• Saturday 26th September 2020

Iran In 2013: Three Possible Crises By Mark N. Katz, Special To Cnn

The real question about these possible crises is the impact that each might have on the strength and stability of the Islamic Republican regime.

This is the latest in a

series of entries looking at what we can expect in 2013. Each weekday, a guest analyst will look at the key challenges facing a selected country – and what next year might hold in store.

In addition to its ongoing economic problems, which are unlikely to be overcome next year, there are three potential crises that could affect Iran in 2013. One is the possibility of public unrest concerning the succession to Mahmoud Ahmadinejad, who cannot run for a third consecutive term as president. Another possibility is the incapacitation or death of Supreme Leader Ali Khamenei setting off a power struggle to succeed him which also results in public unrest. A third possibility is that the Iranian nuclear crisis boils over, and either the U.S. or Israel (or both) launch an armed attack to prevent Tehran from acquiring nuclear weapons.

The next Iranian presidential election is scheduled to take place on June 14, 2013. The leadership of the Islamic Republic very much wants to avoid the outburst of opposition that occurred in response to the widely-disbelieved announcement that Ahmadinejad had won re-election by a wide margin in June 2009. New regulations that further tighten clerical control over who is allowed to run for president are likely to be put into effect which even some regime insiders – most notably President Ahmadinejad himself – have voiced objection to. If indeed the only candidates allowed to run for president are just those few approved by the regime, the Iranian public may come to regard the entire presidential election process as illegitimate. With the downfall of long-ruling leaders in Tunisia, Egypt, Libya, and Yemen (and possibly Syria by mid-2013) providing role models for what popular uprisings can accomplish, the Iranian public may launch a more concerted effort in response to what it regards as an illegitimate presidential election outcome in 2013 than it did in 2009.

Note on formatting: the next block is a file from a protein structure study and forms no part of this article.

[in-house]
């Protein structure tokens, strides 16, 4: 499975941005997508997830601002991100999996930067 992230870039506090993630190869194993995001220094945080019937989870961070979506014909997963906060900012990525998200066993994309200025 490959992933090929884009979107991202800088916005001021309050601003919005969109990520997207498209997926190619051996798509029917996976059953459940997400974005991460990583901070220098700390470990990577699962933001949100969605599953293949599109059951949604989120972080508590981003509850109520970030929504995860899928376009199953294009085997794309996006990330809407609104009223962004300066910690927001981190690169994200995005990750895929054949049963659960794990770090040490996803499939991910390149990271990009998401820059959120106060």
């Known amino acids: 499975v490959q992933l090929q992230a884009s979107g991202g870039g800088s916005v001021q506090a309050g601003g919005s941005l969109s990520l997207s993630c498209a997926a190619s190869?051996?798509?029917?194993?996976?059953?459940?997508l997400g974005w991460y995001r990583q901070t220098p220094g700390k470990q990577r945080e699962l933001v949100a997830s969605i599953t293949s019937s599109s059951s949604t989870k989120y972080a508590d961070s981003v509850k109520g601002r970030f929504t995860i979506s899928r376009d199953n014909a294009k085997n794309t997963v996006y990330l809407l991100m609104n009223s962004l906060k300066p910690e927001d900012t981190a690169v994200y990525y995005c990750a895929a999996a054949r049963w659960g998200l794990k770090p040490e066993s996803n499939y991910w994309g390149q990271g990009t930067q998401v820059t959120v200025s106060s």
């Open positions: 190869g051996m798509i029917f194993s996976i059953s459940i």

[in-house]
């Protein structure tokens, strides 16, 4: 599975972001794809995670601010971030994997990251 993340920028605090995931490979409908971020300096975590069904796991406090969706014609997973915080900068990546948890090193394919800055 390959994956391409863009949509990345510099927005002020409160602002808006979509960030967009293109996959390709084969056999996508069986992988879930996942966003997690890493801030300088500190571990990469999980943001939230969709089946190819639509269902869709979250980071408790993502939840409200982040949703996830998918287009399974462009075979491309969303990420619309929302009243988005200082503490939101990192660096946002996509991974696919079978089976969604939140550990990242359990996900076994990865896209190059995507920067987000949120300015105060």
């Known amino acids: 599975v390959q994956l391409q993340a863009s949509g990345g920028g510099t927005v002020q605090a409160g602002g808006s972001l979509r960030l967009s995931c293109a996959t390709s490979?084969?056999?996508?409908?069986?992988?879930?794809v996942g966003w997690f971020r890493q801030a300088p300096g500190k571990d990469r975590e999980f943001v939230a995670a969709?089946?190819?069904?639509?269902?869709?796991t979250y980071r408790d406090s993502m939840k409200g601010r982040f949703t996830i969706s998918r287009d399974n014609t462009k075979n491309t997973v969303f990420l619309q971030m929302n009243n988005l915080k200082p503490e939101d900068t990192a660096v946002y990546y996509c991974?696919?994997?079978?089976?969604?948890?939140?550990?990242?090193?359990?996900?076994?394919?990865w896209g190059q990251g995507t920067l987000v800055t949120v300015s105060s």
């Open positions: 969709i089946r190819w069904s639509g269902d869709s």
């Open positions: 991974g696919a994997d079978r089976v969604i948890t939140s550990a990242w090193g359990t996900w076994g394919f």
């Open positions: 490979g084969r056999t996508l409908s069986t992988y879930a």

In addition, Khamenei – who wields much greater power than the Iranian president – will be 73 years of age at the beginning of 2013. This is not particularly old, and he could go on to rule for another decade or more (his predecessor, Ayatollah Khomeini, lived to age 86). But if – despite his own vociferous denials – the reports that Khamenei is in poor health are true, it is possible that he could become incapacitated or even die sooner rather than later. Unlike the one and only previous occasion in 1989 when a Supreme Leader (Khomeini) died and Khamenei was able to move up from being president to the top position, it is not clear yet who could replace Khamenei.

Not being a cleric, Ahmadinejad is ineligible for this position – as would be any other non-clerical. Yet even if the next president is a cleric, the religious establishment might not consider him suitable for the supreme leadership post. Given the importance of this position, a power struggle over who should fill it could easily erupt. Finally, an unpopular choice could arouse public opposition not just to the new supreme leader, but to the institution of an unelected supreme leader exercising so much power over elected officials.


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